Refactoring: Part 1

06 Nov 2012

Refactoring code is where the code is modified such that the behaviour of the code does not change (modulo bugs). This differs from rewriting code where the behaviour of the code changes.

This is an important distinction and forms the cornerstone of the benefits refactoring offers. But why refactor code in the first place?

As a codebase evolves, it grows in complexity. New features and functionality along with bug fixes all add to this complexity. The initial design may not be suited to supporting the new requirements, or interfacing with a new library or component can prove a hinderance over time. Partially migrated code adds to the drag in implementing new requirements and fixing bugs.

In time, all of this builds up and catches up with you to the point where it becomes increasingly difficult to maintain the project. It can make the project take longer to build, by building unused functions, classes and files. It can also make understanding the project for newcomers harder to grasp.

This is where refactoring comes in: by constantly cleaning up the codebase it becomes easier to maintain, understand and add new functionality.

Rule 1: Each Change Must Be Self-Contained

The idea here is that each commit to the version control system that is associated with refactoring must perform a single refactoring step and not contain any other changes.

This makes it easier for a reviewer to check the code. More importantly, if a bug is introduced it makes it easier to identify the problem by performing a bisection (iterating between good and bad revisions to identify the faulty commit).

If during a change you make a mistake that you cannot recover from or you discover the approach is not working, the change can easily be discarded without losing too much work.

Rule 2: Refactor Toward a Goal

Refactoring operations are by their nature isomorphic. That is: for each refactoring that can be performed there is an inverse refactoring that undoes the change. If code is refactored at random – choosing each operation locally, without looking at the bigger picture – the resulting codebase can end up harder to maintain than the original code.

Refactoring should always be performed with an understanding of the bigger picture, what the ending design should look like (even if it is a rough idea).

The Cainteoir Engine has undergone several large-scale refactorings such as using the shared mine-info database for identifying file types (issue 11) and moving from an event-based to reader-based document processing model (issue 9). All of these have been performed with a goal in mind on how the new code should look, even if the end result is slightly different than originally planned.

Rule 3: Refactor Under Test

It is important to have the code you are refactoring tested. This will help pick up regressions early, giving you confidence that the code still works as expected. With self-contained changes, it also makes it easy to identify where the issue is thus speeding up the fix.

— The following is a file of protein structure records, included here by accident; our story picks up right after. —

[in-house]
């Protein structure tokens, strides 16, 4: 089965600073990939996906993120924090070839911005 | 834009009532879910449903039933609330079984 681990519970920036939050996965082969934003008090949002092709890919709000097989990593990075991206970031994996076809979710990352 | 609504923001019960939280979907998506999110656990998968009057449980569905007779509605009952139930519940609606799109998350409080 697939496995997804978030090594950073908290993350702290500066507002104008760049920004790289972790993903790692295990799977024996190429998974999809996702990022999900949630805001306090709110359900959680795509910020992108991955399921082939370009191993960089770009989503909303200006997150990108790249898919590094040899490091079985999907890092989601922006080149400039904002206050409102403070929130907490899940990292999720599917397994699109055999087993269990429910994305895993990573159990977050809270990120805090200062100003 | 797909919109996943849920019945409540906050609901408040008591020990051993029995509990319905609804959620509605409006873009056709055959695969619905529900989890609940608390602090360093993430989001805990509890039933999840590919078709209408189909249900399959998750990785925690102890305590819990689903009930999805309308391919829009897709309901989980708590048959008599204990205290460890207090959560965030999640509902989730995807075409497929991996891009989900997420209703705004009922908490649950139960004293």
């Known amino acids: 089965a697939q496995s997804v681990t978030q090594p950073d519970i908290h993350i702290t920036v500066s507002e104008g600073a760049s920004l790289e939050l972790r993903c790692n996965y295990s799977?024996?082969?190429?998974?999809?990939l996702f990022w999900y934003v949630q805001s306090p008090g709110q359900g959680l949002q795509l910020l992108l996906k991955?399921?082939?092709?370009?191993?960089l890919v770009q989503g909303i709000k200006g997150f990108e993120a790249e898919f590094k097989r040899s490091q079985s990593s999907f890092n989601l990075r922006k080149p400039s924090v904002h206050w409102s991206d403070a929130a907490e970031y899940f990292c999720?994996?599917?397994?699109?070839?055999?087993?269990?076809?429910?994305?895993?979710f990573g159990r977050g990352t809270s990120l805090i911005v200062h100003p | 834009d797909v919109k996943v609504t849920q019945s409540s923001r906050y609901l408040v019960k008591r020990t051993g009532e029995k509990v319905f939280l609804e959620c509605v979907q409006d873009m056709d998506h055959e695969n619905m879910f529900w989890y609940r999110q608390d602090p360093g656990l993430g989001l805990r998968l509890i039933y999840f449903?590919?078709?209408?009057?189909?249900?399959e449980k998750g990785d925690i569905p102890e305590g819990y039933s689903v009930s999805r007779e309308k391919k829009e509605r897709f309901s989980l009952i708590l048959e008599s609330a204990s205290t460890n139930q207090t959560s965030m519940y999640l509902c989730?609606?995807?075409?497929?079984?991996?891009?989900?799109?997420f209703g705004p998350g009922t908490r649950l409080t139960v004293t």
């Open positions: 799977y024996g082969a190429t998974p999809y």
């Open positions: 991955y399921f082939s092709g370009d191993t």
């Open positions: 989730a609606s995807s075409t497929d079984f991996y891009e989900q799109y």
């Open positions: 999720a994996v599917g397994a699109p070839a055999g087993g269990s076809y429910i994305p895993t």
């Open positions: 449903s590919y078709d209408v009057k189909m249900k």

If the tests cannot be fixed so they all pass, it is then easy to discard the current refactoring and start over.

For code that does not have any existing tests, refactoing steps should be applied to first add tests covering the code. Once the code is sufficiently tested, it can then be refactored.

Note that the tests should be refactored along with the code as the interfaces and functions change. This does not mean that failing tests or tests that are difficult to change should be removed, unless the tests no longer apply (e.g. if the code under test has been removed).

Rule 4: Refactor Early and Often

It is important to start refactoring early in a project’s development and to continually refactor over the project’s lifetime. This is to ensure that the code remains free of cruft and dead weight, keeping it in optimal condition.

If you do not do this, the code risks deteriorating to the point where it becomes hard to maintain. Once a codebase is in this state it will take longer to get it to its optimal condition.

Rule 5: When Removing Code, Remove All Of It

This does not mean to remove all the code in a project. It means if removing a function, class, interface or dialog, all associated code should be removed.

Consider a dialog. There are various components that make up the dialog – the layout, the implementation and associated strings. All of these should be removed when removing the dialog at the point at which the dialog is removed.

If an interface is only implemented by a single class, removing that class should also remove the interface.

Doing this at the same time makes it easier to remove all parts at once. Later on, it becomes harder to track down the dead code and adds more stuff that needs to be maintained.

Reece H. Dunn